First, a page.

Use this URL to cite or link to this record in EThOS:
Title: Nanoporous materials from block copolymers
Author: Cooney, D. T. P.
Awarding Body: University of Cambridge
Current Institution: University of Cambridge
Date of Award: 2007
Availability of Full Text:
Full text unavailable from EThOS.
Please contact the current institution’s library for further details.
This project assesses the potential for block copolymers (BCPs) to be used in making nanoporous membranes. BCPs self assemble to produce structured phase morphologies based on their molecular composition. One such structure is composed of cylinders of one polymer phase in a matrix of another. It is proposed that nanoporous products could be produced by selectivity removing the material forming the cylindrical phase in an aligned BCP sample. Methods of inducing good phase alignment in BCP samples are reviewed. The effects of high shear rates on the orientation of a cylindrical phase formed by a triblock copolymer are investigated using the Cambridge Multipass Rheometer and a customised X-ray diffraction system. A new X-ray collection technique is developed and used to show that high shear rates can destroy phase orientation in a BCP melt. BCP etching is investigated. The removal of a cylindrical poly(lactide) phase in a P(S-b-LA) BCP by hydrolysis is examined. The method is shown to produce complete removal of the PLA phase, with the etch considered to be reaction limited. Diffusion of acid and alkali through such etched samples is observed in a specially designed cell. Transport in aqueous conditions is established through samples up to 7 mm long, proving pore continuity in the material and establishing the practical validity of the proposed idea. Thin films of BCP aligned using electric fields are obtained and etched. Acid transport through the films indicates porosity has been introduced. Size exclusion experiments using gold colloids prove that small particles are transmitted by these films, whilst large particles are retained. These experiments establish that size separation could be conducted using BCP products, as proposed, and form the basis for future work in developing such products.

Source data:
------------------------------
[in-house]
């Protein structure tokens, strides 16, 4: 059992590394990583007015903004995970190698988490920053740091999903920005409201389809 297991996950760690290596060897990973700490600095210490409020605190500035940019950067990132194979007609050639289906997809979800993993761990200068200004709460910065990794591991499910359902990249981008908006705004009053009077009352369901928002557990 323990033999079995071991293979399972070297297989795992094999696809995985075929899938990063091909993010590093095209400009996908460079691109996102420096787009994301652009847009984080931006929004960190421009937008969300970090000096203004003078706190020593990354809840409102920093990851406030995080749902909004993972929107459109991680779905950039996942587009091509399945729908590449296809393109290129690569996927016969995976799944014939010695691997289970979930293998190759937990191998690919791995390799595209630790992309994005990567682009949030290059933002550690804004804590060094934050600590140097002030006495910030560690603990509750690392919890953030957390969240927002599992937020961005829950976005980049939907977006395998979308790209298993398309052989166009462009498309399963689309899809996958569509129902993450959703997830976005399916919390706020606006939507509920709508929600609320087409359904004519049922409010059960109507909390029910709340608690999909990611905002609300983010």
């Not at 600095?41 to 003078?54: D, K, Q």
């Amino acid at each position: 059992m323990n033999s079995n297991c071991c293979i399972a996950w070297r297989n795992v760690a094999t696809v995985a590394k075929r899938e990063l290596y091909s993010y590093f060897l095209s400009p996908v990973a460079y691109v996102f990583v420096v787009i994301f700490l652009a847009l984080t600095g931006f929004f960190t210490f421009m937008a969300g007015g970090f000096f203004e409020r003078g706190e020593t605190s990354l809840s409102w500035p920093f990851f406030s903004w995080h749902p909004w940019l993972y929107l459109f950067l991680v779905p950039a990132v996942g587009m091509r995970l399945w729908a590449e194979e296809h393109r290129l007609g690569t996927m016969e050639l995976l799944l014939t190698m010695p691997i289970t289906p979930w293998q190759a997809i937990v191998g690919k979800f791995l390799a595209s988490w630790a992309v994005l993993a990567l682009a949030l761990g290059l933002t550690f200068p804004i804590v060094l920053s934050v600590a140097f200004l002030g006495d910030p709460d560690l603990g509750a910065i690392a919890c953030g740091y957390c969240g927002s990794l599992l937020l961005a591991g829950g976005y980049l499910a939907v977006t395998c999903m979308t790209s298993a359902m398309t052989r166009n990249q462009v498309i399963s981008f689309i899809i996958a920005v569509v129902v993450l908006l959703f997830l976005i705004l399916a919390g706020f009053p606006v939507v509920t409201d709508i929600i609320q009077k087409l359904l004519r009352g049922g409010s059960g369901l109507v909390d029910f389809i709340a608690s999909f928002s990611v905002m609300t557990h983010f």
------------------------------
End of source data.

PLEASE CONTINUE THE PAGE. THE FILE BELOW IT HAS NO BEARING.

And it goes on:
Supervisor: Not available Sponsor: Not available
Qualification Name: Thesis (Ph.D.) Qualification Level: Doctoral
EThOS ID:  DOI: Not available